Heather Wilson, a former representative from New Mexico and Air Force Academy graduate, was sworn in Tuesday as the 24th secretary of the Air Force.
Defense Secretary Jim Mattis administered the oath of office to Wilson at a ceremony on the steps of the Pentagon, and thanked her for leaving her position as president of the South Dakota School of Mines and Technology in Rapid City, South Dakota, to serve the Air Force once again.
"Welcome home," Mattis said.
Mattis lauded Wilson's accomplishments, including being one of the first women to graduate from the Academy, being a Rhodes Scholar at Oxford University in England, and serving as director for European defense policy and arms control on the National Security Council when the Berlin Wall fell.
"I read Oxford University books — Secretary Wilson writes them," Mattis said, referencing her book, "International Law and the Use of Force by the National Liberation Movement," which was published during her tenure at NSC. "How's that for a mouthful? How's that for a book we might all want to be reading right now? Madam Secretary, I say unequivocally, I need your ideas. This department needs your wisdom."
In her remarks, Wilson told an anecdote about aviation pioneer Orville Wright's 1908 demonstration of his rickety wood-and-fabric airplane, not far from the current location of the Pentagon, to prove to the Army that air power could revolutionize warfare — and he was right, she said.
"As airmen, you are the successors to those bicycle repairmen," she said. "You are the innovators, and the intrepid airmen who stand ready every hour of every day on every continent, ready to protect the country that we love."
Wilson pledged to modernize the Air Force in a cost-effective manner and drive innovation.
"We're not going to take for granted American dominance in air and space power," Wilson said. "We're going to use every taxpayer dollar entrusted to us to train for it, to equip for it, and to fight for it."
Secretary of Defense Jim Mattis laughs as Secretary of the Air Force Heather Wilson sings the Air Force song after her swearing-in ceremony Tuesday at the Pentagon.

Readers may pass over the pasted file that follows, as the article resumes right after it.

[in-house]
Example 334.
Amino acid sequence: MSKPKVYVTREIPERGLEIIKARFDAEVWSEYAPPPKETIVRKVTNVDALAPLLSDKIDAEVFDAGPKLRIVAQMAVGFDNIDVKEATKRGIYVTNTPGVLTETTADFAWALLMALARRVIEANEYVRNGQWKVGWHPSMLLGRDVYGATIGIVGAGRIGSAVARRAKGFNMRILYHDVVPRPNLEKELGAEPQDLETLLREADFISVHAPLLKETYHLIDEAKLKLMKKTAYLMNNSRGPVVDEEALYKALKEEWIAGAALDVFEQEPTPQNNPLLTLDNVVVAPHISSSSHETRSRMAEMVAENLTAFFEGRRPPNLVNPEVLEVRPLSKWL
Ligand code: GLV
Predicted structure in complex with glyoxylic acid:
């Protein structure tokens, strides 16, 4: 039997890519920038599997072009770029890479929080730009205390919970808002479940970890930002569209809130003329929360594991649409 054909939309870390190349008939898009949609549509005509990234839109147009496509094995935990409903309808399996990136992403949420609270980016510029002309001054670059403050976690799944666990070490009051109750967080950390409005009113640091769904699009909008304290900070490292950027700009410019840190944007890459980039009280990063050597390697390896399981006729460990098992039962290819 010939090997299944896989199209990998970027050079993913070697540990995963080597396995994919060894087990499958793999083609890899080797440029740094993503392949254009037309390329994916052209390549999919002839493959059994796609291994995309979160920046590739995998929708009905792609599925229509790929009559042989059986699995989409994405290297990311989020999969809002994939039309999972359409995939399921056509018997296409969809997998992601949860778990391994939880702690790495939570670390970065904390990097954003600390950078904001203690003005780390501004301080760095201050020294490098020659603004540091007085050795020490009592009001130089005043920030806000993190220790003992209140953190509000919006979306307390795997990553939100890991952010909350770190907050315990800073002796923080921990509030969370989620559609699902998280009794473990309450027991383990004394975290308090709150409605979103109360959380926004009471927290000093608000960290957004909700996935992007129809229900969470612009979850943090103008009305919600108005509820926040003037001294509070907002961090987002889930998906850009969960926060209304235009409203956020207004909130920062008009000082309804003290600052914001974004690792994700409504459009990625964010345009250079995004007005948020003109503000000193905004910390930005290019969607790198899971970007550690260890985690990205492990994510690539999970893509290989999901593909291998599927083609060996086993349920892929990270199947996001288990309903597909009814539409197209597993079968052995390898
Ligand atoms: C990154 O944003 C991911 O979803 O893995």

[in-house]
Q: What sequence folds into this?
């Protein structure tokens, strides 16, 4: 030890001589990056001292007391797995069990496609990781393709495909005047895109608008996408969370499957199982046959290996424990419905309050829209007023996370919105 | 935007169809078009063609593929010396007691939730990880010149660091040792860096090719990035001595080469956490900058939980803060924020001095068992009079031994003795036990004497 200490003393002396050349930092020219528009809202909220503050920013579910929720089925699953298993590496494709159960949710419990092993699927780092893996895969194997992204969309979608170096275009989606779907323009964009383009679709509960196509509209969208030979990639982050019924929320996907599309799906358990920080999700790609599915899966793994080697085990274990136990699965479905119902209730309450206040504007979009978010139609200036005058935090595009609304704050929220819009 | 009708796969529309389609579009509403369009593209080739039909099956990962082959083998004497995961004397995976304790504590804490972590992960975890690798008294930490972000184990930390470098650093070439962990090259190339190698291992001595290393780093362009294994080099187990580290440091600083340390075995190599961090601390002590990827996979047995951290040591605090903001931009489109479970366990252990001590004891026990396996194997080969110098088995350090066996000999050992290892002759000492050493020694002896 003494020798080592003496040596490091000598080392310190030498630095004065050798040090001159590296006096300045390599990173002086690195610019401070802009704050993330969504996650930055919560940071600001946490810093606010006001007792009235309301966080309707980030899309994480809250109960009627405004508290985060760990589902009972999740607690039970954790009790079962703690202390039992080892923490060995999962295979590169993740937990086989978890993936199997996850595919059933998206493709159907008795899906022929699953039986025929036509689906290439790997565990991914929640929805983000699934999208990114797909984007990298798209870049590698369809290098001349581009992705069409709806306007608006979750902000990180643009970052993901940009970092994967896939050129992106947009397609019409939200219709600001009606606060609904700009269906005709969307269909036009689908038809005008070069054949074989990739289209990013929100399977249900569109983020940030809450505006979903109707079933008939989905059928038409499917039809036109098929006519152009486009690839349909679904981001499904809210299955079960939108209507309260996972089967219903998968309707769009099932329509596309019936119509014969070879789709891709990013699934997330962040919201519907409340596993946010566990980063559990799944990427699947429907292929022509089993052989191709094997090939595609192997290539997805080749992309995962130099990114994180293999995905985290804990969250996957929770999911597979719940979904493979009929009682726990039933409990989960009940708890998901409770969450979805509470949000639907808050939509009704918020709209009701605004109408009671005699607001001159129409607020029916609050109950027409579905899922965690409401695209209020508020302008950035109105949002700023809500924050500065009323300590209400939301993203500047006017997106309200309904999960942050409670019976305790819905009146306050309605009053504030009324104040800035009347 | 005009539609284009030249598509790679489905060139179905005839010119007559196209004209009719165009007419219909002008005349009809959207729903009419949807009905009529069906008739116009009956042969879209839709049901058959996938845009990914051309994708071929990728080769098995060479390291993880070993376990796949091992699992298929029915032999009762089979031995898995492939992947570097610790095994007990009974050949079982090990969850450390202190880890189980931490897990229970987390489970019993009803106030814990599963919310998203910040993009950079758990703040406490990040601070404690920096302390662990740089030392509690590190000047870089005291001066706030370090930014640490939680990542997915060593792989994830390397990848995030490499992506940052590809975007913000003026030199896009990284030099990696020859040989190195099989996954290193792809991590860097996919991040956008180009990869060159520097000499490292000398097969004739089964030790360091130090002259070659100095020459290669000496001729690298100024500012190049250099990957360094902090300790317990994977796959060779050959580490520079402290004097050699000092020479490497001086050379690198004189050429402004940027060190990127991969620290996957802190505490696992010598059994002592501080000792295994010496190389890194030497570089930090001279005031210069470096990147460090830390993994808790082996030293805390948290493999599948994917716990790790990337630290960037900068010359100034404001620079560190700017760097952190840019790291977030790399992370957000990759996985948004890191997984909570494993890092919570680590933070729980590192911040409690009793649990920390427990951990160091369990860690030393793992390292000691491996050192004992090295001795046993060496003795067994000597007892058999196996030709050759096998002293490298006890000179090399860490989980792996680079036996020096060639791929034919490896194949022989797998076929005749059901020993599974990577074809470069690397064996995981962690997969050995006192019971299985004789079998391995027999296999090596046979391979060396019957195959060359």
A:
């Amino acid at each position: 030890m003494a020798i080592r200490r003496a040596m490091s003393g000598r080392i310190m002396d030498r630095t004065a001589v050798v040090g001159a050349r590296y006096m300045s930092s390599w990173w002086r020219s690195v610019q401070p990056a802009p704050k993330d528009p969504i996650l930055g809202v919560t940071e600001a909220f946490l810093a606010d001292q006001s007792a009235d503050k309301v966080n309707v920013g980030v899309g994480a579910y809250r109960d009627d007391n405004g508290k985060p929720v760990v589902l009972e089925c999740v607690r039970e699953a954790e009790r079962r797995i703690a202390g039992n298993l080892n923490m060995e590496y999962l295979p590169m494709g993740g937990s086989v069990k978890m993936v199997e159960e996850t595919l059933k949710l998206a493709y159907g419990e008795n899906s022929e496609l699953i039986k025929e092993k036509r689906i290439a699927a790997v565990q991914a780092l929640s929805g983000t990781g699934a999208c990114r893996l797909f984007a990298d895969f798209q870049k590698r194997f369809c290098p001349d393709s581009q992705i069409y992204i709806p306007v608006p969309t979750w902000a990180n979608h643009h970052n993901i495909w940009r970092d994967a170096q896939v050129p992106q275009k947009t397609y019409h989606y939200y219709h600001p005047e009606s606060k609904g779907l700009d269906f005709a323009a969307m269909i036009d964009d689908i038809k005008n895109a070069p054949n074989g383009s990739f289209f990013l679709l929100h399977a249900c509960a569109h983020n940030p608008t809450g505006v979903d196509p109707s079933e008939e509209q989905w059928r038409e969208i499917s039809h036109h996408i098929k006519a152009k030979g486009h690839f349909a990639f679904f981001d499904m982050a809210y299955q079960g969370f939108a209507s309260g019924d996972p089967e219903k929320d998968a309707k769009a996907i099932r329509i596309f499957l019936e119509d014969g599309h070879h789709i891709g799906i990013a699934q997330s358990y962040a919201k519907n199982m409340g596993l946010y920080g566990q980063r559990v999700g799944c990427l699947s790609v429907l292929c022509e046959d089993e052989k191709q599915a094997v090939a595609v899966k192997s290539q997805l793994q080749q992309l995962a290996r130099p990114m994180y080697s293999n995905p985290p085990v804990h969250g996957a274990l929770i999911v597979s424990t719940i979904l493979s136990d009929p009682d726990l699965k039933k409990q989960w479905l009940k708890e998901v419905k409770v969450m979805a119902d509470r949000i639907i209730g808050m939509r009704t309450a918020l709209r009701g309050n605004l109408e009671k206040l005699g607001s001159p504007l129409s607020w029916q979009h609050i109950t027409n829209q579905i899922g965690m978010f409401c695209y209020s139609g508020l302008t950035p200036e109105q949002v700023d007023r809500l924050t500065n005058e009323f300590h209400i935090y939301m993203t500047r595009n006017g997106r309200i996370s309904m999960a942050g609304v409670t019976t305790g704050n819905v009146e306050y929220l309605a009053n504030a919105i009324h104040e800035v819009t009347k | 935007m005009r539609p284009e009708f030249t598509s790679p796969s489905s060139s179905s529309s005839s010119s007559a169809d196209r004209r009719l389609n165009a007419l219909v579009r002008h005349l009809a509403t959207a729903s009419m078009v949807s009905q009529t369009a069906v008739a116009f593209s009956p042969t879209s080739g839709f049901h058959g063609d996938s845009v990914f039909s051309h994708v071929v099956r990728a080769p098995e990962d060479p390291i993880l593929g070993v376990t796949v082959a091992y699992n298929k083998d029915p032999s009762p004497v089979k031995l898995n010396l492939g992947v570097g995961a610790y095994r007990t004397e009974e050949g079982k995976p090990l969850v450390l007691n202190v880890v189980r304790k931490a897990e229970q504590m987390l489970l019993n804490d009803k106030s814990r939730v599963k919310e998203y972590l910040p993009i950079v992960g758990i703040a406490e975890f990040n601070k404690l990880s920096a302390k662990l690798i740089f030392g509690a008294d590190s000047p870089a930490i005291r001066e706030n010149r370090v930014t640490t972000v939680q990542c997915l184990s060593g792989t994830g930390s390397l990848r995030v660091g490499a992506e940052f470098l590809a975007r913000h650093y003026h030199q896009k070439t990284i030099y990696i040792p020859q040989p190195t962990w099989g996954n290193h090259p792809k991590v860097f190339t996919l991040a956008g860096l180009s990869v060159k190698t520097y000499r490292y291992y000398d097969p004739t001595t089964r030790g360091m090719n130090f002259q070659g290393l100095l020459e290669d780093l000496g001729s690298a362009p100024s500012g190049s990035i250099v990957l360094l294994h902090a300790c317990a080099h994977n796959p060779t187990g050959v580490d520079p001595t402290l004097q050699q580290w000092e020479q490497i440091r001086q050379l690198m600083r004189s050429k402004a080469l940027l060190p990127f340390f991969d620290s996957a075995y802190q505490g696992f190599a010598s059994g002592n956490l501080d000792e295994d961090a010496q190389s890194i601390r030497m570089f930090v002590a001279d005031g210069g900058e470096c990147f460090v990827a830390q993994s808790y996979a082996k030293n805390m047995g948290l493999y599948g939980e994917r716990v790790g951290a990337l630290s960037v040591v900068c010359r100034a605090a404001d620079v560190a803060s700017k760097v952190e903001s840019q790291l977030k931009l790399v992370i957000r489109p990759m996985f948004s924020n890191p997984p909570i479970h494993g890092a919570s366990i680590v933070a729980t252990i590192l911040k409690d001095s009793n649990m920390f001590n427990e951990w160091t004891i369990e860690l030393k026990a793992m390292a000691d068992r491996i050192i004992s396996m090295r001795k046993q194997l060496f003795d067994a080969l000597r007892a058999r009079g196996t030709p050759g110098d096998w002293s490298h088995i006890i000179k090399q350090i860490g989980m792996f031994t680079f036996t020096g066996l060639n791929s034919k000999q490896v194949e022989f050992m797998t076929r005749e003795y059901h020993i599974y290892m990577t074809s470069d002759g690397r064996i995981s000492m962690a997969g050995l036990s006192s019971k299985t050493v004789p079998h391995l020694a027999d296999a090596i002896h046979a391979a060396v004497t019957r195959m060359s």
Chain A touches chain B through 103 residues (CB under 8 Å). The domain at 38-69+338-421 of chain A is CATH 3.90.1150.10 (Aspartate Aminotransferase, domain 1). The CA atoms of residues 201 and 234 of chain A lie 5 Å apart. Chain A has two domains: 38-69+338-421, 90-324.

Photo Credit: Tech. Sgt. Brigitte N. Brantley/Air Force
Air Force Chief of Staff Gen. Dave Goldfein noted the long history of close partnerships between Air Force secretaries and chiefs, and declared, "Today begins the era of Wilson and Goldfein."
Goldfein fondly recalled their time together at the Air Force Academy — Wilson graduated in 1982, and Goldfein graduated one year later.
"I'm proud to follow you, and I'm honored to fly on your wing once again, these four decades later," Goldfein said.
During her time in the House, Wilson served on the Armed Services and Intelligence committees, and the Committee of Energy and Commerce. She lost races to New Mexico Democrats Sens. Tom Udall and Martin Heinrich.
Wilson is now the first service secretary to take office in the Trump administration, but her path to the Pentagon was somewhat rocky. Sen. Jack Reed of Rhode Island, the top Democrat on the Senate Armed Services Committee, opposed her nomination in a Senate floor speech. Reed said he had "deep concerns" over ethical questions about Wilson, particularly allegations that she allegedly pressured New Mexico U.S. Attorney David Iglesias during a corruption probe involving Democrats in the state.
Reed also questioned Wilson's work as a private contractor for Sandia National Laboratories, which was criticized in an Energy Department inspector general report for being paid $450,000 for consultation, but not providing evidence the work was done.
Sen. Patty Murray, D-Wash., placed a brief hold on Wilson's nomination earlier this month, but she was ultimately approved by the Senate.
Joe Gould contributed to this report.
Stephen Losey is the air warfare reporter at Defense News. He previously reported for Military.com, covering the Pentagon, special operations and air warfare. Before that, he covered U.S. Air Force leadership, personnel and operations for Air Force Times.